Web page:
Labels & Production
‘The studio is something I’ve never really done. I never got my head around it, and I’ve not enjoyed myself in the studio every time I’ve been in there. It’s one of those things like riding a bike or driving, as soon as you find out ways of doing things it becomes exciting so I need to get to that stage. I still think it’s really boring but there’s still time and I’ll got a lot of ideas. It’s something I’ve got to look forward to.
‘Colin Dale really helped me through the early stages when I didn’t have many records, he would lend me records. He was the one who taught me how to mix, so Colin was very important to me. Tim Westwood gave me my first break as a DJ at a big night and I had a fucking nose bleed on the decks! Grooverider was much more important in the acid house times. Our partnership was a really good bond and up til now we’re still doing it out there, so it’s all good. It’s really freestyle, we play exactly what we want. If he gets on a roll then I’ll leave him for an hour and then come back on. It’s very important to give a DJ space, even if he is your partner. If he’s blowing it out I let him get on with it, and vice versa. There’s no real set DJ thing between us, it’s just whatever feels right…. We play everywhere; all over Europe and the old iron curtain states where they have great scenes in places like Estonia. Australia is amazing, they love breakbeat there. Drum n bass is bigger than house there which is great. Canada has always been into drum n bass, America is quite a strange place to go to. They’re bang into it but you go to certain places that are just really odd. It’s nothing like England, totally different but amazing to go to these places like New Mexico because they are so off key and weird. The great thing about America though is that wherever you go people come up and say that they listen to us on the radio. It’s great, I love touring and people who go to drum n bass clubs are actually into the music because it’s such a weird sound.’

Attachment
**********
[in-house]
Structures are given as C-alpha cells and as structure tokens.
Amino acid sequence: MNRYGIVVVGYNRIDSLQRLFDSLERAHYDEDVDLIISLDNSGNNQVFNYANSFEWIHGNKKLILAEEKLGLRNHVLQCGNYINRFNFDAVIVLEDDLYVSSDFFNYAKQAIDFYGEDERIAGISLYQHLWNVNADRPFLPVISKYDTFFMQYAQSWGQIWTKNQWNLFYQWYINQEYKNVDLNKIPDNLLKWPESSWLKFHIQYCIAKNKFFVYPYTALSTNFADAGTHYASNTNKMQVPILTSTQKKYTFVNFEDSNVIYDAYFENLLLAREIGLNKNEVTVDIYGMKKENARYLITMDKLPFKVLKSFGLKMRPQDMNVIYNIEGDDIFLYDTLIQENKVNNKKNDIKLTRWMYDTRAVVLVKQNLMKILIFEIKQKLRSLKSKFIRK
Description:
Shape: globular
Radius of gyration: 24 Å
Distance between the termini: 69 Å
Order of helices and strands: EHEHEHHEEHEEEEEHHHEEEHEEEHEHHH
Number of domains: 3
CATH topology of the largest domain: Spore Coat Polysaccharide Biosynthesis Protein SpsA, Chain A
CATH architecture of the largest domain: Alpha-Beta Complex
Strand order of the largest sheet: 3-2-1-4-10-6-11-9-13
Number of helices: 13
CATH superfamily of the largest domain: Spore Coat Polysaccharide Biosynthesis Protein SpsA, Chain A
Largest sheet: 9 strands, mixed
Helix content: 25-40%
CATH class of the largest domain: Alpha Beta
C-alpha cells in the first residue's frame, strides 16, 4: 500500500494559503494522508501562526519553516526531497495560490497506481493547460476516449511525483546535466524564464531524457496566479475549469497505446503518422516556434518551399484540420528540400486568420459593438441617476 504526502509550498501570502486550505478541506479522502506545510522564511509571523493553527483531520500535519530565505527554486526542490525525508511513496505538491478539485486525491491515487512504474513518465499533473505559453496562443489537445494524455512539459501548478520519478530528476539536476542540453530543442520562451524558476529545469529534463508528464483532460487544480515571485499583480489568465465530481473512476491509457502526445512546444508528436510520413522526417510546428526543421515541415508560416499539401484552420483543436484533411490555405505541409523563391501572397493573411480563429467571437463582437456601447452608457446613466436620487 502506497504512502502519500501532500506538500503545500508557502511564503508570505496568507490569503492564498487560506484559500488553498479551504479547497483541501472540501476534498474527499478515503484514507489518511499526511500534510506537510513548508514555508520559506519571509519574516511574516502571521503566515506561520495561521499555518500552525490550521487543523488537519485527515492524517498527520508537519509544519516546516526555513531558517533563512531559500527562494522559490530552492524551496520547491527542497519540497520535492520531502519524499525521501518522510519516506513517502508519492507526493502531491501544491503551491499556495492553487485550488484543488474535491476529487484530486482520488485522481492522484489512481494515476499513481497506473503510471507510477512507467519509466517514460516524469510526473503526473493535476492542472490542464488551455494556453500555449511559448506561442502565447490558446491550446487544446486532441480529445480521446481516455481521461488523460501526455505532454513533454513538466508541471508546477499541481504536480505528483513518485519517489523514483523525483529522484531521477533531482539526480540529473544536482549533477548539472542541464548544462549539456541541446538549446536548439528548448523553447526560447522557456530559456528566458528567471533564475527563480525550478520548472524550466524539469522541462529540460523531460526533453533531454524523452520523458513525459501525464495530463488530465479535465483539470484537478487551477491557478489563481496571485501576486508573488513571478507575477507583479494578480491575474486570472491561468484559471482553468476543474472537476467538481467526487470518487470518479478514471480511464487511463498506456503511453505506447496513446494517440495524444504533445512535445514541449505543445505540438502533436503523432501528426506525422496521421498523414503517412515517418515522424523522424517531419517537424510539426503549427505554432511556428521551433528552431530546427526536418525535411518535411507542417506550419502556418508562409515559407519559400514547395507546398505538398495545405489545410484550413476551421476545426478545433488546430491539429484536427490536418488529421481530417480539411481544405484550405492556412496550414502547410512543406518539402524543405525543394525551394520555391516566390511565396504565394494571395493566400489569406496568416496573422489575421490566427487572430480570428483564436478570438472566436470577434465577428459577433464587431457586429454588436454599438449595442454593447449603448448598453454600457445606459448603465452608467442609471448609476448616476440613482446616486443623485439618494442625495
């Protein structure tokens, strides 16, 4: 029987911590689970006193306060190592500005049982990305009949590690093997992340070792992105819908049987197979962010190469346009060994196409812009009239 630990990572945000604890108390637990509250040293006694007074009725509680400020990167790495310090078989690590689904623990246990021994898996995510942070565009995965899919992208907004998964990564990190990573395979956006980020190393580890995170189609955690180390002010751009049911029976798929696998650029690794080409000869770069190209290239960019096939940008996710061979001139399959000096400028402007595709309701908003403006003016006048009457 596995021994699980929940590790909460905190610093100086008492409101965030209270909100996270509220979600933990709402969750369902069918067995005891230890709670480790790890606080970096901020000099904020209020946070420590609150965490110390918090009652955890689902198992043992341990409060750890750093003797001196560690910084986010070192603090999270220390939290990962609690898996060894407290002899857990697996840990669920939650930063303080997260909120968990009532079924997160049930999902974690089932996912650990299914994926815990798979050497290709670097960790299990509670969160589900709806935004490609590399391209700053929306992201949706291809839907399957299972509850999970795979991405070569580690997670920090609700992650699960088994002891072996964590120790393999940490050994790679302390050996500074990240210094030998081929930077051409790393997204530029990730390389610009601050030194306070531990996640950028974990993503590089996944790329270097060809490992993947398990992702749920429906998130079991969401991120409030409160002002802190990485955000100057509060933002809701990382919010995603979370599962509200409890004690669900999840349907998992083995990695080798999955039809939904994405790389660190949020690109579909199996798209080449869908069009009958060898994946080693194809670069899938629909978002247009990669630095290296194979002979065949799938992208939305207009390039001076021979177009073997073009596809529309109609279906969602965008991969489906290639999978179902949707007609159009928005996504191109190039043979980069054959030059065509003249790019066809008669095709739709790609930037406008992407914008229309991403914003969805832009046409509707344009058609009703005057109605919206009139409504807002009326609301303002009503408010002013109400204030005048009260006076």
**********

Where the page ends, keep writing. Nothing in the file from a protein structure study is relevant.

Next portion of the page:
When we started on Kiss they’d had their licence about 4 years as an independent station. They wanted to keep the pirate feel though so when we were there is was anything goes really. It was a good time and the show was really popular, it was the height of the drum n bass thing in the early 90s when it was massive and Kiss capitalised on that. We’ve been at Radio 1 four years now. The reason we left Kiss was that it felt like they didn’t give a toss about us really. We won a lot of awards for the show and really raised the profile of Kiss. But we never got a thank you, no one ever said, respect for what your doing. Towards the end it just got a little bit shabby and when our producer went to Radio 1 he came and said there was an opening for a drum n bass show there, what did we reckon. Radio 1 was worldwide, and we knew that drum n bass was as well, on a massive scale, so getting out to all those different places was what we wanted. We got feedback from places like Australia, America and Brazil. It’s great to be able to express yourself to people worldwide through your DJing and the radio. The radio is a very personal thing, you play what you want to play but as a DJ you play half for yourself and half for the crowd.’